The German company ilium want to propose to there customer a daily commutation service with the capacity of traveling 75Km in 15 min from the center of our cities.
The service will be available in 2025
A first full scale prototype flew in 2017, manned flight are expected for 2019 and commercial flight for 2025.
German company eVolo made a big announcement in early April when it said it will use its VTOL aircraft for a pilot taxi service in 2018.
Source: Business Insider
Called the Volocopter 2X, the aircraft has 18 rotors and can fit two people. The VTOL is powered by six batteries, allowing for just 17 minutes of flight. It can re-charge in 40 minutes using a fast charger.
The Santa Cruz based start up has been working during the last 9 years on an interesting project. Backed up by Intel, Toyota, Tesla, Space x, Jet Blue and Capricorne investment, Joby secured a 100M$ founding for the project.
Airbus is developing a single-person VTOL under its Silicon Valley arm A³ as part of its Project Vahana. The aircraft will be autonomous and can carry a single passenger or cargo.
The electric aircraft will have 8 rotors and will be able to achieve an altitude of about 1,000 feet. Airbus plans to test its first prototype by the end of 2017. The VTOL will be as cheap as taking a regular taxi per mile when it hits the market in 2020.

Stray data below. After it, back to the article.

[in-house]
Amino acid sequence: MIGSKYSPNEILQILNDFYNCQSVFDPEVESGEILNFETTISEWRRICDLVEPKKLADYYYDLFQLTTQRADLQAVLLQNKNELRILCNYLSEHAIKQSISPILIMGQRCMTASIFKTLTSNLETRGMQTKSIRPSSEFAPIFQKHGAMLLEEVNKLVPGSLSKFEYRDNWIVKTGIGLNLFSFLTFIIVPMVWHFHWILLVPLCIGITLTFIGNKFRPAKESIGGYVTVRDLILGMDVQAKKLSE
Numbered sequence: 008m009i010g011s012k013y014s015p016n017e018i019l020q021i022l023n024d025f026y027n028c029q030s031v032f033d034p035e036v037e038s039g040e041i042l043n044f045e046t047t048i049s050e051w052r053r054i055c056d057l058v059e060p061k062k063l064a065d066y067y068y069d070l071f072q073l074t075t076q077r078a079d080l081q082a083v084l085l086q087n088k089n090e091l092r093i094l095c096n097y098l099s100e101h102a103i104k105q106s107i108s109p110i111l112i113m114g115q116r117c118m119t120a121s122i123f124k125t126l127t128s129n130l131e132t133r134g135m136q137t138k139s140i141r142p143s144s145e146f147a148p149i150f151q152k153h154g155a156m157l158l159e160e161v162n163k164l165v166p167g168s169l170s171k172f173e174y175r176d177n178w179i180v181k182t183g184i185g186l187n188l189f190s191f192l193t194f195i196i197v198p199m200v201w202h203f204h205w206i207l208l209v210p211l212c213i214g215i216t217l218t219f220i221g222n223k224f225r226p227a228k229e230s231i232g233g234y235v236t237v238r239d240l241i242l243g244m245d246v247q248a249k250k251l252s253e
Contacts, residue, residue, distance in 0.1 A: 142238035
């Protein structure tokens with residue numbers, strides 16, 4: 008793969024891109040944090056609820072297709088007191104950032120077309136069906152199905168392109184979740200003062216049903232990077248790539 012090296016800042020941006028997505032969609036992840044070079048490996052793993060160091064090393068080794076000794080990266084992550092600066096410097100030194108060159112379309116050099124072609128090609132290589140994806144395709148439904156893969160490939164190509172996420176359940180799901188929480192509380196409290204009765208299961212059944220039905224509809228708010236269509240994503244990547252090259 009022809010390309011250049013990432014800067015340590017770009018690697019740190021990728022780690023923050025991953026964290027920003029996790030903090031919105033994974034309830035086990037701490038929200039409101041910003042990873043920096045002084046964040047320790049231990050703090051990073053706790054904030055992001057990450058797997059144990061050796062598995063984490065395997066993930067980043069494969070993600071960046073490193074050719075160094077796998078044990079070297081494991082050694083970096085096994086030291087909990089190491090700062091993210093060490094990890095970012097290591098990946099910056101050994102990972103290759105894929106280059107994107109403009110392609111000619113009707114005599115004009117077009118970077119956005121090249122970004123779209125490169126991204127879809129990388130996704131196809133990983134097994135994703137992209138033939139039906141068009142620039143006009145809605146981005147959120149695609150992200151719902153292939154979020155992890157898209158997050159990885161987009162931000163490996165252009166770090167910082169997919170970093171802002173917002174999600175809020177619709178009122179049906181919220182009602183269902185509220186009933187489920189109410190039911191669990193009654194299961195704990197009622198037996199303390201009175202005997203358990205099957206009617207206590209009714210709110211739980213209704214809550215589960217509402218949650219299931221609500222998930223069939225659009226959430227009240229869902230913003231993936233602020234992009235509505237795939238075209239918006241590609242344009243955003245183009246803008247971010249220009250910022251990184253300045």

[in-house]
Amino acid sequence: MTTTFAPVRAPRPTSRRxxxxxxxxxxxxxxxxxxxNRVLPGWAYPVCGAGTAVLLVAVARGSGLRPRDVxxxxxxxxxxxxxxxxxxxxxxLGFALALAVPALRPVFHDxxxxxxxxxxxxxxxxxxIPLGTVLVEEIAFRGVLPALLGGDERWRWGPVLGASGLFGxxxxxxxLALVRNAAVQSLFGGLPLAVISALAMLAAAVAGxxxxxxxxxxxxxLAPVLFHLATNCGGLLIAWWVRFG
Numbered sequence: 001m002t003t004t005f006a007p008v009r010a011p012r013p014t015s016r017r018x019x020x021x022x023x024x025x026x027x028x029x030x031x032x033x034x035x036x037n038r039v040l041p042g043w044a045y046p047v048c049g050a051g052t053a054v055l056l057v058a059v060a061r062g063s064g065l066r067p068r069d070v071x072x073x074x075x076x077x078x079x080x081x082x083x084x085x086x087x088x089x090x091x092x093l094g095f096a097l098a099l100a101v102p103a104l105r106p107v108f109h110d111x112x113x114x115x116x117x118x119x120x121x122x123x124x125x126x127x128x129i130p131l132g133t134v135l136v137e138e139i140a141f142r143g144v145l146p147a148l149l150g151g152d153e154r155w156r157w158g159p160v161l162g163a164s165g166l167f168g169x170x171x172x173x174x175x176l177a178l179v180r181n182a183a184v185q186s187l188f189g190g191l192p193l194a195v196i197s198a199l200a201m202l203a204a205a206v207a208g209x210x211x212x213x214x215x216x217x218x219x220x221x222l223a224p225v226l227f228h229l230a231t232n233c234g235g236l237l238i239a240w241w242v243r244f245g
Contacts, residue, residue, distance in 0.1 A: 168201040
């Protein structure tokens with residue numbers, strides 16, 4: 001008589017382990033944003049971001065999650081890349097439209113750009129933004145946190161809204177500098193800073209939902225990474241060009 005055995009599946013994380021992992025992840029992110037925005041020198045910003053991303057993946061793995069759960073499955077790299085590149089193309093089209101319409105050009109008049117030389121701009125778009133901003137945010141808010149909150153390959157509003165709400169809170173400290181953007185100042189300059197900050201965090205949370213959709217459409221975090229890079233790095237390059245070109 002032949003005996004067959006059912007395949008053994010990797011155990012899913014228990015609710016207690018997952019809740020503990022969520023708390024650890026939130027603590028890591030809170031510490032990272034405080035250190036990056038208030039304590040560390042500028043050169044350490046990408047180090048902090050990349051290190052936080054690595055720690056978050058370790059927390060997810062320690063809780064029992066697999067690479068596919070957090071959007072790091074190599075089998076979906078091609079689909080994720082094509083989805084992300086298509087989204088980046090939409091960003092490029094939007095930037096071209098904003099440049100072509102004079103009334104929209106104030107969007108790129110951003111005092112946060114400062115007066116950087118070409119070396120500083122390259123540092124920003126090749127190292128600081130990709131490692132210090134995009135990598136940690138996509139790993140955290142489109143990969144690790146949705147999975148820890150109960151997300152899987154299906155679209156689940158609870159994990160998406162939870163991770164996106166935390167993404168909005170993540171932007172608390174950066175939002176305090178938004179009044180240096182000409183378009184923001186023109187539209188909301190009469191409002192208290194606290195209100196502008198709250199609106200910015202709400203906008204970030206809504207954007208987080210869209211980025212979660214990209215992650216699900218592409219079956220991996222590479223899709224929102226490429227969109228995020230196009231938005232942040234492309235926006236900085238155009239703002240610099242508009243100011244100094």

Airbus is also designing a flying taxi system, named CityAirbus, that would have multiple propellers and resemble a small drone. Multiple people would be able to book a ride on the flying taxi system via an app.
Airbus wrote on its website that the CityAirbus taxi would first be operated by a pilot, but that a fully autonomous version would be released once regulations are in place.
Bell Helicopter is one of a handful of aircraft manufacturers working with Uber to develop and build the flying taxis that project backers say will provide app-based, on-demand air transportation in large, urban areas.
Executives at Bell, the Fort Worth-based division of aerospace and defense giant Textron (NYSE: TXT), are highly confident that they’ll beat out other Uber collaborators to be the original equipment manufacturer, or OEM, when the project gets off the ground.
Uber is partnering with Bell, Aurora Flight Sciences, Embraer, Mooney and Pipistrel Aircraft to develop the aircraft for the flying taxi project.
In addition to making the electric air taxis that will fly travelers from Point A to Point B at the touch of an app, Bell is considering the possibility of being an operator or a booking engine in the air taxi business.
Aurora’s eVTOL concept, which will be made with carbon fiber, is derived from its XV-24A X-plane program currently underway for the U.S. Department of Defense and other autonomous aircraft the company has developed over the years. Aurora has adapted and combined the autonomous flight guidance system from its Centaur optionally-piloted aircraft, the perception and collision avoidance system from the AACUS program, and the battery electric propulsion system from the XV-24A demonstrator to create the innovative eVTOL design.